What is drivers education?

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Before attending any driver's education or open track event, make sure you know all the organization's rules and regulations. Hopefully they will tell you what they are. Every club, every track-day organization is different and has different rules and procedures. It is your responsibility to know the differences, either by downloading the info on your own, or contacting them directly

Drivers education is just that... education. Also known as DE, HPDE, HPDS, etc, their main focus is making private road circuit track time available to everyday people in everyday cars. When first starting out, the education is simply getting familiar and adjusted to the differences in on-track driving vs. street driving. After that, new techniques are introduced for better performance on track, but also skills that make us all better and safer drivers on the street.

Quality DE events provide both in-car instruction and in-class instruction. Most DE weekends consist of three or four 20-30 minute on-track sessions each day and two or three in-class sessions each day. Drivers will generally be grouped together by experience level. Depending on track size and event attendance, each run group will have anywhere from 10 to 30 cars in it. Stack


Drivers Ed Passing Rules

A DE Event is Driver Education and NOT Racer Education. The road course is being made available to an entire Run Group of drivers working together to the benefit and safety of all. Passing slower cars should not be viewed as eliminating “aliens” in a video game, but more like a dance as coordination is necessary with your partner and nobody wants to be stepped on. This is a serious part of your learning process above and beyond being fun for the car you are dancing with.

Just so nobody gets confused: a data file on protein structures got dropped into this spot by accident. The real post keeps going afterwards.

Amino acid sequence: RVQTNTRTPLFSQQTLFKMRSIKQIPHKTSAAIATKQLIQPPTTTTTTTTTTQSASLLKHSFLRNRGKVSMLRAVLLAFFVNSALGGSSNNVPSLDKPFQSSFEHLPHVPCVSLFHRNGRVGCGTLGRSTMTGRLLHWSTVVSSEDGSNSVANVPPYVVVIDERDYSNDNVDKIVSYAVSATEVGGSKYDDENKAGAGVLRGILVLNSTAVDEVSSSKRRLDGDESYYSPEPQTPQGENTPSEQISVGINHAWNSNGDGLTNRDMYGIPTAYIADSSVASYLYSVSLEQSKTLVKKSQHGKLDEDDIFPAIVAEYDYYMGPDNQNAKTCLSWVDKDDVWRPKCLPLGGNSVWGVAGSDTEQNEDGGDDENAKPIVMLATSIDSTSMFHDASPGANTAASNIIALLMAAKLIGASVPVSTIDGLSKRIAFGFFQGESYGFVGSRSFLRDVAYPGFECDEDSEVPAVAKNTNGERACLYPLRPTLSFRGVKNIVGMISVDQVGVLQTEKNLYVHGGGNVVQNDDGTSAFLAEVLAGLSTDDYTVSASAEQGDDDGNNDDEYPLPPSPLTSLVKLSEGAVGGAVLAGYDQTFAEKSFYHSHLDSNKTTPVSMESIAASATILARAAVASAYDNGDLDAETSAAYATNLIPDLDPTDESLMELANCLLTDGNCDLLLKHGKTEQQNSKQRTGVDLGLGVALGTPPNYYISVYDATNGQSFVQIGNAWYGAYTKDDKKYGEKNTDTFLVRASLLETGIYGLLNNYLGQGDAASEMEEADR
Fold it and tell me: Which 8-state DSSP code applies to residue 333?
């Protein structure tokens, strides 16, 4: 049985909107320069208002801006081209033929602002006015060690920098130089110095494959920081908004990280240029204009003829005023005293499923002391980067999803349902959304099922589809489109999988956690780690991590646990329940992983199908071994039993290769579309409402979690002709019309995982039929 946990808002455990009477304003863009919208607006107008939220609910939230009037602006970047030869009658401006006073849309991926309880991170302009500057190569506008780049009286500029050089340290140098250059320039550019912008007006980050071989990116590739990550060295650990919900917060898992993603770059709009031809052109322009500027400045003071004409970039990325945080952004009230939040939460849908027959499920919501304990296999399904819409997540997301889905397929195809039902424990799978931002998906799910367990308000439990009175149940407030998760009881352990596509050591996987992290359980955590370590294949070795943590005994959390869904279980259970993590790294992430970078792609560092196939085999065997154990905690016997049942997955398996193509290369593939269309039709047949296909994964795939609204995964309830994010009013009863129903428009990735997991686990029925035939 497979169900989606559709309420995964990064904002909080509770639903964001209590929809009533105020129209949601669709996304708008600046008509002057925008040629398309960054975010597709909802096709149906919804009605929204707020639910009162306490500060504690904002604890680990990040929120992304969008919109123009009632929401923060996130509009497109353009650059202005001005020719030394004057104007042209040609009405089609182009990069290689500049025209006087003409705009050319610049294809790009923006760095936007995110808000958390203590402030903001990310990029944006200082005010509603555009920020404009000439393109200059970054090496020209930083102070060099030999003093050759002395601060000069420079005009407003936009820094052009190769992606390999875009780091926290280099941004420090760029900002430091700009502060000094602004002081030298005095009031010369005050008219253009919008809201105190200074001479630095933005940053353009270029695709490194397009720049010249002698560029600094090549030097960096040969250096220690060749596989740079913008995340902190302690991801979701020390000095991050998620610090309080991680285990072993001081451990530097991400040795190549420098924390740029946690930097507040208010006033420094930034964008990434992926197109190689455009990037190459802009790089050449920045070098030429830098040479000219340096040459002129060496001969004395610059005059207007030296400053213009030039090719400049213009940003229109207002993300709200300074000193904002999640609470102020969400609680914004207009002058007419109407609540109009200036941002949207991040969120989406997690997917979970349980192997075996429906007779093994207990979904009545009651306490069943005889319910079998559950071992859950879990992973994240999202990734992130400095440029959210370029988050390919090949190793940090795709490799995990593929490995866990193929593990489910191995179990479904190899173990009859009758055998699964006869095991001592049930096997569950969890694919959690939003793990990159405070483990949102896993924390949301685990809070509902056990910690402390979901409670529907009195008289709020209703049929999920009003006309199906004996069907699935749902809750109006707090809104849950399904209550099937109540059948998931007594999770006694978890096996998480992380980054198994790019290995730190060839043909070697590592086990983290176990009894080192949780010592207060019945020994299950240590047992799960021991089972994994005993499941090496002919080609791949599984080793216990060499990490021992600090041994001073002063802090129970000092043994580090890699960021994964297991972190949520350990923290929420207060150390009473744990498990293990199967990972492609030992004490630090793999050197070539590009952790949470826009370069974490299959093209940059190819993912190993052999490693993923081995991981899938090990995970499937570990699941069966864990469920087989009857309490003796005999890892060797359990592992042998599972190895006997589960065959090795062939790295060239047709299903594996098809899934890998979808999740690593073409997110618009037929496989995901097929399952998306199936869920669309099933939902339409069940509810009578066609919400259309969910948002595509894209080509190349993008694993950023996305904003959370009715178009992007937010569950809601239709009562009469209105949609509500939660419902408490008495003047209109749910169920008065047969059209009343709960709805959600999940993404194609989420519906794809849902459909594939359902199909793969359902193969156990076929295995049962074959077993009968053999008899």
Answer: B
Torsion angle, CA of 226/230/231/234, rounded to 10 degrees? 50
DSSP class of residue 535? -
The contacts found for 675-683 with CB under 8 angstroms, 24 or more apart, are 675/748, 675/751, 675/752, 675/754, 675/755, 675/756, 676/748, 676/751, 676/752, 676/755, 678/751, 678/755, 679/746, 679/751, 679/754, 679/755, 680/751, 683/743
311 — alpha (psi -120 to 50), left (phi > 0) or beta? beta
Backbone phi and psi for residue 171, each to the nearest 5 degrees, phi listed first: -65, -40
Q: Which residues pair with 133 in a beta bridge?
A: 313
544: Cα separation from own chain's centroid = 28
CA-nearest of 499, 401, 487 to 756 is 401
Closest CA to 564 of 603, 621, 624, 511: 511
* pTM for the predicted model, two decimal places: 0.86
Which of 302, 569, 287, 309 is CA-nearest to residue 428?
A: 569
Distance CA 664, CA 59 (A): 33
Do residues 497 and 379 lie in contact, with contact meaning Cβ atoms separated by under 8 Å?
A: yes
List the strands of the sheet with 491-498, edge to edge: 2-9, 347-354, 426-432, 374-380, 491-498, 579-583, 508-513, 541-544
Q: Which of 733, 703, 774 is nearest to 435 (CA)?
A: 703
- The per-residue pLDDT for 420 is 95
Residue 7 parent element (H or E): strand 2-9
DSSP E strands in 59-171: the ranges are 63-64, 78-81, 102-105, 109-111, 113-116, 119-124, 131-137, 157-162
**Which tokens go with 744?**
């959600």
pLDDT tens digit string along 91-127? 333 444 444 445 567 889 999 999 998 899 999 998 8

Maintaining a free flow on the track is a prime safety consideration. Therefore, passing is permitted only on the designated straights, and only with a clear signal from the lead car.

The car being passed will remain ON-LINE and the car doing the passing will move OFF-LINE to pass. Run Group passing rules, and track specified locations will be discussed at the morning drivers’ meetings. Some run groups may be given additional passing areas.

Check your mirrors often, especially at the beginning of a passing area. Let the faster drivers pass. If a car is behind you that was not there the last time you looked in your mirror, it is faster than you are. Signal it to pass.

To Allow A Pass:

Remain ON-LINE.

Put your ARM OUT the driver’s window, and point to the left or right (over the top) to direct the passing car around you OFF-LINE. Point with authority. If your car is equipped with a window net, you may point to the right from inside the vehicle using your right hand. Make sure it is visible through the rear window. Back off the throttle. Do not drag race down the straights. Sometimes the car behind you can stay with you through the turns, but it might not have the power or momentum to pass on the straight unless you slow down. If you intend to allow more than one car to pass you, clearly signal each and every car. Initiate all passing at the beginning of the straight, not near or at the end of it.

To Pass:

If you come upon a slower car in the turns, stay back a comfortable distance (at least 3 seconds) until the next passing area. Wait for a distinct signal from the lead car, accelerate and pass on the side indicated by the car being passed. The turn at the end of the straight can come up fast when you are concentrating on a pass – be sure you have the time to complete the pass and get back on-line, or have the competence to negotiate the turn from the “inside of the corner” if conditions are appropriate. You are encouraged to gain experience and a comfort level in entering a corner from the inside or “off-line”.


OK, everyone needs to be responsible. An unrealistic point is no excuse for an unrealistic passing attempt. Pointing is advisory. When you point you are telling the other driver, "IF you're going to pass me then do it on this side!" After seeing the point the passing driver has to make the final decision to pass or not. A driver is not obligated to pass just because somebody points.

See you at the Track!